Realms of Origin: Benedict

   Benedict comes from Rithhan – a fairly realistic quasi-feudal/medieval world which allows mid-level magic and psychic abilities (albeit with powerful religious associations) and pre-gunpowder technology (but surprisingly good sailing vessels). Technological items usually translate into appropriate magical trinkets. Geographically, it centers on a fairly accurate version of Europe and the Mediterranean, distorted versions of Africa and the Middle East, and an almost totally mythical version of the far east. Benedict hails from the local version of Great Britain.

   The western world – most of which once compromised the Empire of Kharlamagne – is dominated by the hereditary noble class and their monotheistic faith of the Enlightened Path. The deserts and trackless forests of the middle east and central Asia are dominated by monsters and by tribal barbarians and nomads (worshiping and bargaining with an assortment of local spirits). The semi-legendary lands of the far east are said to be dominated by the feline folk of Cathay – but such creatures are more rumored than seen. If this version of Cathay actually exists, it may actually be a part of another realm entirely.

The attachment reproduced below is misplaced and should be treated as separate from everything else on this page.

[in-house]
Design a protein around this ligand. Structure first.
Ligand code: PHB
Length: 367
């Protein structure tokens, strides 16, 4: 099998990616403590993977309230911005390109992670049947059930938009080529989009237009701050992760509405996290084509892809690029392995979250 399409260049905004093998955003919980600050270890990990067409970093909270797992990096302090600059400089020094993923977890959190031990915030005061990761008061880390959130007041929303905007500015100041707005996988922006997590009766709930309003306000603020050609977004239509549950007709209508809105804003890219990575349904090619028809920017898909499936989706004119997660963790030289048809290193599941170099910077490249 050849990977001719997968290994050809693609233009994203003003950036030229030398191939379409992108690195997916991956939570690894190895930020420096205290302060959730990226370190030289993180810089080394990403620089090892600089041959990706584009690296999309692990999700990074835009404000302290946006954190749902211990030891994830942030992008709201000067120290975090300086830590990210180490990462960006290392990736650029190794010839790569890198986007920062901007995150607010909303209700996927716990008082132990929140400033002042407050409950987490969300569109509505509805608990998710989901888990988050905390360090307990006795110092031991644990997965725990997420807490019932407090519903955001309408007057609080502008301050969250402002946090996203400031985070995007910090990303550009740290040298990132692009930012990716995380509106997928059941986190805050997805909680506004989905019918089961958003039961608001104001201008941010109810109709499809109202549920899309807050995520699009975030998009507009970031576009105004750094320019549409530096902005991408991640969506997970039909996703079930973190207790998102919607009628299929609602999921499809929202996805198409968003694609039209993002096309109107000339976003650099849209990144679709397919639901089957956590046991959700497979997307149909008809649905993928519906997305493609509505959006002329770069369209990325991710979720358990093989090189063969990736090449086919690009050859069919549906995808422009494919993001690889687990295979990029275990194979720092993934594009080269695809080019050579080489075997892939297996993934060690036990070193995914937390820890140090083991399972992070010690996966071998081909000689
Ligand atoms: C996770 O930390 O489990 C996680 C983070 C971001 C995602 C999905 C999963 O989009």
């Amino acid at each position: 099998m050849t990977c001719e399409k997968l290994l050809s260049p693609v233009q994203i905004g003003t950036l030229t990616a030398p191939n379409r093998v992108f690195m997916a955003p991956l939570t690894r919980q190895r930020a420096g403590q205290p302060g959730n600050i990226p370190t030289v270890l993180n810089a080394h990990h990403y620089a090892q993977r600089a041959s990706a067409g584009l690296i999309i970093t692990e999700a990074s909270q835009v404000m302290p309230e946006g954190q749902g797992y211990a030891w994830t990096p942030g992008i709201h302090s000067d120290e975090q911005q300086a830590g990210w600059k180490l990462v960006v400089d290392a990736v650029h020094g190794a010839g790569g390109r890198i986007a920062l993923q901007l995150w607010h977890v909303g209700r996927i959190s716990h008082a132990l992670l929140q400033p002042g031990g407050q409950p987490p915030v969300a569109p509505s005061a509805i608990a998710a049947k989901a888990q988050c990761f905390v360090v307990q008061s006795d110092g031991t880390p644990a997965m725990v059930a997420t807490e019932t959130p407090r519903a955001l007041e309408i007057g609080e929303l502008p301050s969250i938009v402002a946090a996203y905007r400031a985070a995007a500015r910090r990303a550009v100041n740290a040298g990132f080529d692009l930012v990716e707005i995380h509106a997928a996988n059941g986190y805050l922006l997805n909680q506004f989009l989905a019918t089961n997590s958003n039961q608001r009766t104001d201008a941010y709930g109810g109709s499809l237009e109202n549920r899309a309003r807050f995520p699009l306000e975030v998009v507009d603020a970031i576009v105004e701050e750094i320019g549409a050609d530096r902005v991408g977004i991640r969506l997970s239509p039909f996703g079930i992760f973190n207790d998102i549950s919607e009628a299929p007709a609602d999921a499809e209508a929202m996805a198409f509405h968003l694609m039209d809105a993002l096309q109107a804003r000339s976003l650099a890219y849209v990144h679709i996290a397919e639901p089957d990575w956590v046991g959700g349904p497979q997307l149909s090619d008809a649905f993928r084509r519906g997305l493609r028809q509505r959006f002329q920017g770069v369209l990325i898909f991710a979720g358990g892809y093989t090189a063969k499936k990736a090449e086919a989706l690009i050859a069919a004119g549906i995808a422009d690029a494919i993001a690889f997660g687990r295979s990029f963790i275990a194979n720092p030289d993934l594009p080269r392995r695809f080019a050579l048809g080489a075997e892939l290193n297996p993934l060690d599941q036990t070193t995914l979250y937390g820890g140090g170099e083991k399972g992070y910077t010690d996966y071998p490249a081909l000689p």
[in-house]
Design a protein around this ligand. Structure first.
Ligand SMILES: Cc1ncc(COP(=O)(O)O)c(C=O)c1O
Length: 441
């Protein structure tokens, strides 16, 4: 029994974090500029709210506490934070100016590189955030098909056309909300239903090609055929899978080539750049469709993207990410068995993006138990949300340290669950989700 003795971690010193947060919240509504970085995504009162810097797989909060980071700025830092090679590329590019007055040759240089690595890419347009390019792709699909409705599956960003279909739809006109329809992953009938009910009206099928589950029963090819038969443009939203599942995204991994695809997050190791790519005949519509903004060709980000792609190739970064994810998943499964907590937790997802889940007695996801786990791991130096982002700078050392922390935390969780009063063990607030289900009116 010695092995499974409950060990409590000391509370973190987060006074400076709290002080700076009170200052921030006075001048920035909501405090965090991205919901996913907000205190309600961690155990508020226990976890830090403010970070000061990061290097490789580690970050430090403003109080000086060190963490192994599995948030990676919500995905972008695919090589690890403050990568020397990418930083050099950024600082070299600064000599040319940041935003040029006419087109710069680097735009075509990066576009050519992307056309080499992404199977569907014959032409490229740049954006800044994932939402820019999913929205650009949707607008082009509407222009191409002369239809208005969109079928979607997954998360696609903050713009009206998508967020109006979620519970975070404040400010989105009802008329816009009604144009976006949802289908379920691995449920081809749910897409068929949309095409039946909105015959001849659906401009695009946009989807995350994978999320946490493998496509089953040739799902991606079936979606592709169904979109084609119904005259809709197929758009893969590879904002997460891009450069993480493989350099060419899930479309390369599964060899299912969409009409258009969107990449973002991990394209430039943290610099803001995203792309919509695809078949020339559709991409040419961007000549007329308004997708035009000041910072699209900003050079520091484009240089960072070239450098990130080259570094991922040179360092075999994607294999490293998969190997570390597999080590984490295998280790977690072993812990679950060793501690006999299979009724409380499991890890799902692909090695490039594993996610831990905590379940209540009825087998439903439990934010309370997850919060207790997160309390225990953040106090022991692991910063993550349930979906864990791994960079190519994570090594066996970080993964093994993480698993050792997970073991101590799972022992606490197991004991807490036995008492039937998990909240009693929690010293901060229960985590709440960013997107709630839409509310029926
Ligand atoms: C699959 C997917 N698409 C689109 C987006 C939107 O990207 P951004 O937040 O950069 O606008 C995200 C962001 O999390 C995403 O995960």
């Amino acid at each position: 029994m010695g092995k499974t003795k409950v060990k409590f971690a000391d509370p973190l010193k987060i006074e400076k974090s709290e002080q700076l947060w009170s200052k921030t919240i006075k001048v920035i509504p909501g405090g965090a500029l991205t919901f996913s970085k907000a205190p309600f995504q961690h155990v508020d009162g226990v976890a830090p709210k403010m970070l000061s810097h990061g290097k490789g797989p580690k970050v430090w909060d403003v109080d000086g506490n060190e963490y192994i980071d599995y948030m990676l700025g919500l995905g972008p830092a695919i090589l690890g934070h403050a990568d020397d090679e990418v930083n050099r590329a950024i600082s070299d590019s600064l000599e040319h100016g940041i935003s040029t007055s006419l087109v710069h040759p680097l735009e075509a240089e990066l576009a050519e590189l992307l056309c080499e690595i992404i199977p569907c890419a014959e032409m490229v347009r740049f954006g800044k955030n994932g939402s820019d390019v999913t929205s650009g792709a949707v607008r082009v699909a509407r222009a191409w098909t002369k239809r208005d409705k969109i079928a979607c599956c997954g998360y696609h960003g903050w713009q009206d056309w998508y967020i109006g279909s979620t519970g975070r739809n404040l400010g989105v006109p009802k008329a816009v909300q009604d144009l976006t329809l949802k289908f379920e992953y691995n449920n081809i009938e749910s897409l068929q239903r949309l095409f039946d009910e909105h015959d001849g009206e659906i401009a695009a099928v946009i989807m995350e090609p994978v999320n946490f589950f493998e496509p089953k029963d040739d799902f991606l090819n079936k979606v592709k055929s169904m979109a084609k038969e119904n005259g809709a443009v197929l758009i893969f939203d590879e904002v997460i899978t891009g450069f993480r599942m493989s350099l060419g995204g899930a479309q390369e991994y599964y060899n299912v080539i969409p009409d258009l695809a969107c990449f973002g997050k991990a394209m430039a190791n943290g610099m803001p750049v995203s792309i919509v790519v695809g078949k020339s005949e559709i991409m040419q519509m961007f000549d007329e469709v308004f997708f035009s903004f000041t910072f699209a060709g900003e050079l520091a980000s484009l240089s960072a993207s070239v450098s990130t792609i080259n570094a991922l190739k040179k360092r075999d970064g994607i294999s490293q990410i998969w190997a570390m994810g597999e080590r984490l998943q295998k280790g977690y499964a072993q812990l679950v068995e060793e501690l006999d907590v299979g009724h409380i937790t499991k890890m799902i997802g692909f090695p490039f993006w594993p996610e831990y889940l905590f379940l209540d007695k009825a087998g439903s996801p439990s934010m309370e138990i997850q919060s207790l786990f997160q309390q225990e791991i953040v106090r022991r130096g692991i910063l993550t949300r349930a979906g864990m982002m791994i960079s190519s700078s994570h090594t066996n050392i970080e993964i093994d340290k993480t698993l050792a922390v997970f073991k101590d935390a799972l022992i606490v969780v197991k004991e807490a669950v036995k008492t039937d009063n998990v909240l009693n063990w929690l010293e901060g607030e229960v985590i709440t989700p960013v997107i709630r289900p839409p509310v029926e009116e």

Despite the pretensions of the Nobles, the western world is actually divided between two faiths: the monotheistic Enlightened Path of Kristos and Hanto, the traditional animistic faith of the Peasantry. While the Nobility regards the practice of Hanto as foolish superstition at best, and outright heresy and black magic at worst, they’ve never had much luck at stamping it out. More importantly from the nobles point of view, despite periodic crusades into the middle realms, the Enlightened Path has never spread much beyond the west. The Middle East and Northern Africa remain bound to various pacts with local spirits (some, admittedly, of great power), while the trackless reaches of Central Asia remain the domain of Monsters, Totems, and the primitive tribes which worship them.